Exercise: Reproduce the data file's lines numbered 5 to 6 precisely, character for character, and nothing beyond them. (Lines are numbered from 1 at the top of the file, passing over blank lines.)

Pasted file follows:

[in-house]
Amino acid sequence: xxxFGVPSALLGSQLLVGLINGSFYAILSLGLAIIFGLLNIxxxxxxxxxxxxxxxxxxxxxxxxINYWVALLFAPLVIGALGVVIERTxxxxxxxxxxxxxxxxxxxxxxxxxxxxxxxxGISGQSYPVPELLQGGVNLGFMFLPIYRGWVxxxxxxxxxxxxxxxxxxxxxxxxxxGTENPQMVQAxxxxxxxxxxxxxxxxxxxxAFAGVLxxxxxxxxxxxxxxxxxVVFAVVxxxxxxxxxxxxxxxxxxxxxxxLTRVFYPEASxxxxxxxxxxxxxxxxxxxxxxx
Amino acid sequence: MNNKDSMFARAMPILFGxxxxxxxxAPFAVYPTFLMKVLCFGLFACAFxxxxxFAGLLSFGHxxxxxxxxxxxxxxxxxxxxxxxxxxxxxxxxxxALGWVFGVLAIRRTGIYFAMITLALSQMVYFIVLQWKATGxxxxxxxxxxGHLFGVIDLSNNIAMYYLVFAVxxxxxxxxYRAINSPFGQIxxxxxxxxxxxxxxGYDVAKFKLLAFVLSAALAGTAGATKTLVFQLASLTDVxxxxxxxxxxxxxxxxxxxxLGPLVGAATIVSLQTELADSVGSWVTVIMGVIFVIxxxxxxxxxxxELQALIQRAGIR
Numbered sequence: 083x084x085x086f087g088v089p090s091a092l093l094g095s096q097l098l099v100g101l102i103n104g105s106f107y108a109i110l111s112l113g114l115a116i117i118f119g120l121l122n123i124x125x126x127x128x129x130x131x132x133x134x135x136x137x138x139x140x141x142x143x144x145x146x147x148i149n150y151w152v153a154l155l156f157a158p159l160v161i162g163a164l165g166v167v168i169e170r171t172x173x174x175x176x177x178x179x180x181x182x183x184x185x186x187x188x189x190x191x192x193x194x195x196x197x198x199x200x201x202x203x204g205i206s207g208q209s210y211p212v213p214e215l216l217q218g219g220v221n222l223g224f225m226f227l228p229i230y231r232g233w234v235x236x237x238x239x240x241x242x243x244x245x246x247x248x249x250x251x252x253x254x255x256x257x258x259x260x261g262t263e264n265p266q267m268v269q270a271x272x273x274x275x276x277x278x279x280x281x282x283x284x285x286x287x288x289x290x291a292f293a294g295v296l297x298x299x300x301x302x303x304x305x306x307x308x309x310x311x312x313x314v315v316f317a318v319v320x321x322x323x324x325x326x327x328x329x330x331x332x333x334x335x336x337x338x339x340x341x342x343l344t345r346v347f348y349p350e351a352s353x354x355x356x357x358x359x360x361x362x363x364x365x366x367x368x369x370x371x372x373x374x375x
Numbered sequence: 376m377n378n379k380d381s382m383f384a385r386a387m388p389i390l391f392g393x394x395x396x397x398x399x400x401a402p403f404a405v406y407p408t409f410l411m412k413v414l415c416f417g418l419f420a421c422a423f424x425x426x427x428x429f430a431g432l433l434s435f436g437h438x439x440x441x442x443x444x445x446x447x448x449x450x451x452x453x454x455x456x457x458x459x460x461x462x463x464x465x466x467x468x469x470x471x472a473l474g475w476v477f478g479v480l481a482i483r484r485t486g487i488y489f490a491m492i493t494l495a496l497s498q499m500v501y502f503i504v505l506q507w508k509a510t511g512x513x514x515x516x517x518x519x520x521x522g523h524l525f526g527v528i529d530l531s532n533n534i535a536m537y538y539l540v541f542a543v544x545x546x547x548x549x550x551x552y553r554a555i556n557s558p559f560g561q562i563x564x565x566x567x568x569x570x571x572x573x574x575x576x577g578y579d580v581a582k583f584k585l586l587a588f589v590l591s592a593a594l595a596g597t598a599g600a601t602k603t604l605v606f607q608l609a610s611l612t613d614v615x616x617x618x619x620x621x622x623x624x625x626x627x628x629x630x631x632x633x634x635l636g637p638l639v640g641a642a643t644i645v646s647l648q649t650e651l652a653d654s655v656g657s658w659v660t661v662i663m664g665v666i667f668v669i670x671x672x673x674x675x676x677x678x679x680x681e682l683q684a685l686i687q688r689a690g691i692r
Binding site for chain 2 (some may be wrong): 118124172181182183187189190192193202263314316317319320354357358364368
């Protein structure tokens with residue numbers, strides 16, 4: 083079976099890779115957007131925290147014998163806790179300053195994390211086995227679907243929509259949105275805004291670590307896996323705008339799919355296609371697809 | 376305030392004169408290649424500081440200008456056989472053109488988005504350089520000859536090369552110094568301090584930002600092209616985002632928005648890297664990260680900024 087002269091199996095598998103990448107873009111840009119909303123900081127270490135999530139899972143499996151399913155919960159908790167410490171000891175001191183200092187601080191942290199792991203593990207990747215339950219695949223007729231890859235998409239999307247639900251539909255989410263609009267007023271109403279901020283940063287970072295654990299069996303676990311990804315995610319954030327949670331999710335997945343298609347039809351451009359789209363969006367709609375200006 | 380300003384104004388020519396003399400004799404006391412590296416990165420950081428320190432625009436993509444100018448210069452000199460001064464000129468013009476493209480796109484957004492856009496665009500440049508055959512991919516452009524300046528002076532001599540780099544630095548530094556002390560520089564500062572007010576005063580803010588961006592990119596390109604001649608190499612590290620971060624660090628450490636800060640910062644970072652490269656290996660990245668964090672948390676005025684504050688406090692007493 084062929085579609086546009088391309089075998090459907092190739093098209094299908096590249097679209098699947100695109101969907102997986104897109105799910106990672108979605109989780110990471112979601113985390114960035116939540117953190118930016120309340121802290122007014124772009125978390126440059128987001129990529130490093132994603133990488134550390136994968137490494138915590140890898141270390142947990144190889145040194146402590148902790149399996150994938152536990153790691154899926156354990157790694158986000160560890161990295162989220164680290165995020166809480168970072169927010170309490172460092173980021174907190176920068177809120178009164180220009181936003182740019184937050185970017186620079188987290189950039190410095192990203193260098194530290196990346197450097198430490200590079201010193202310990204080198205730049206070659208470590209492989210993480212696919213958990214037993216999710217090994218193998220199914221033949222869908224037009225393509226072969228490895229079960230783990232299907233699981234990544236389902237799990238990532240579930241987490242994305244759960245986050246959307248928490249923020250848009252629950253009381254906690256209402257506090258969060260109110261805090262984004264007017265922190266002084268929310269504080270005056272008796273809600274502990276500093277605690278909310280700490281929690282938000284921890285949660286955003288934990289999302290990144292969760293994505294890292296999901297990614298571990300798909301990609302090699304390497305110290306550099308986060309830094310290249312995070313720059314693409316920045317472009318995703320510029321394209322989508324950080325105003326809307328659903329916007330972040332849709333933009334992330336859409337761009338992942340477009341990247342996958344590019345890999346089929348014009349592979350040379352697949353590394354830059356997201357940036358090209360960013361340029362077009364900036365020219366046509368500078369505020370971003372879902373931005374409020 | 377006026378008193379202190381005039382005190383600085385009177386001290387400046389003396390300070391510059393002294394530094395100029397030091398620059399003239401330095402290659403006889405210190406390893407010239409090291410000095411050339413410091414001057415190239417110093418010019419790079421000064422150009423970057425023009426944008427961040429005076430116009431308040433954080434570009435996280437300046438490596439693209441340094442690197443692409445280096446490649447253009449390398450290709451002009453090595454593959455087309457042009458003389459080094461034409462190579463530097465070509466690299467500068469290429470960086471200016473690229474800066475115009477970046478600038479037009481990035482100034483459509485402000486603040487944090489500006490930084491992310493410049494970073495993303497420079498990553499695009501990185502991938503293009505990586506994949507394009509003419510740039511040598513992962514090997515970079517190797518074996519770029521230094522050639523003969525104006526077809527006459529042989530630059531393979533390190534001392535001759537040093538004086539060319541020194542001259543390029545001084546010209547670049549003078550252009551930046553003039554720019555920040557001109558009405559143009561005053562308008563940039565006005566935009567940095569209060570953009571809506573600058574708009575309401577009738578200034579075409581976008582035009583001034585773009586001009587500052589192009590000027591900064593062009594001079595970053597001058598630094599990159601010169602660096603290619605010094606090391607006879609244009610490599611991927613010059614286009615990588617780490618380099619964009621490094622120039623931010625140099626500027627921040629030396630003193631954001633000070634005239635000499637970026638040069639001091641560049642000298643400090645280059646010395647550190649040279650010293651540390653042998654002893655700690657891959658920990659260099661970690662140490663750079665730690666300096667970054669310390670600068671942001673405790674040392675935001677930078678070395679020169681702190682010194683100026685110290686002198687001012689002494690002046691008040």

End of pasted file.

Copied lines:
Numbered sequence: 376m377n378n379k380d381s382m383f384a385r386a387m388p389i390l391f392g393x394x395x396x397x398x399x400x401a402p403f404a405v406y407p408t409f410l411m412k413v414l415c416f417g418l419f420a421c422a423f424x425x426x427x428x429f430a431g432l433l434s435f436g437h438x439x440x441x442x443x444x445x446x447x448x449x450x451x452x453x454x455x456x457x458x459x460x461x462x463x464x465x466x467x468x469x470x471x472a473l474g475w476v477f478g479v480l481a482i483r484r485t486g487i488y489f490a491m492i493t494l495a496l497s498q499m500v501y502f503i504v505l506q507w508k509a510t511g512x513x514x515x516x517x518x519x520x521x522g523h524l525f526g527v528i529d530l531s532n533n534i535a536m537y538y539l540v541f542a543v544x545x546x547x548x549x550x551x552y553r554a555i556n557s558p559f560g561q562i563x564x565x566x567x568x569x570x571x572x573x574x575x576x577g578y579d580v581a582k583f584k585l586l587a588f589v590l591s592a593a594l595a596g597t598a599g600a601t602k603t604l605v606f607q608l609a610s611l612t613d614v615x616x617x618x619x620x621x622x623x624x625x626x627x628x629x630x631x632x633x634x635l636g637p638l639v640g641a642a643t644i645v646s647l648q649t650e651l652a653d654s655v656g657s658w659v660t661v662i663m664g665v666i667f668v669i670x671x672x673x674x675x676x677x678x679x680x681e682l683q684a685l686i687q688r689a690g691i692r
Binding site for chain 2 (some may be wrong): 118124172181182183187189190192193202263314316317319320354357358364368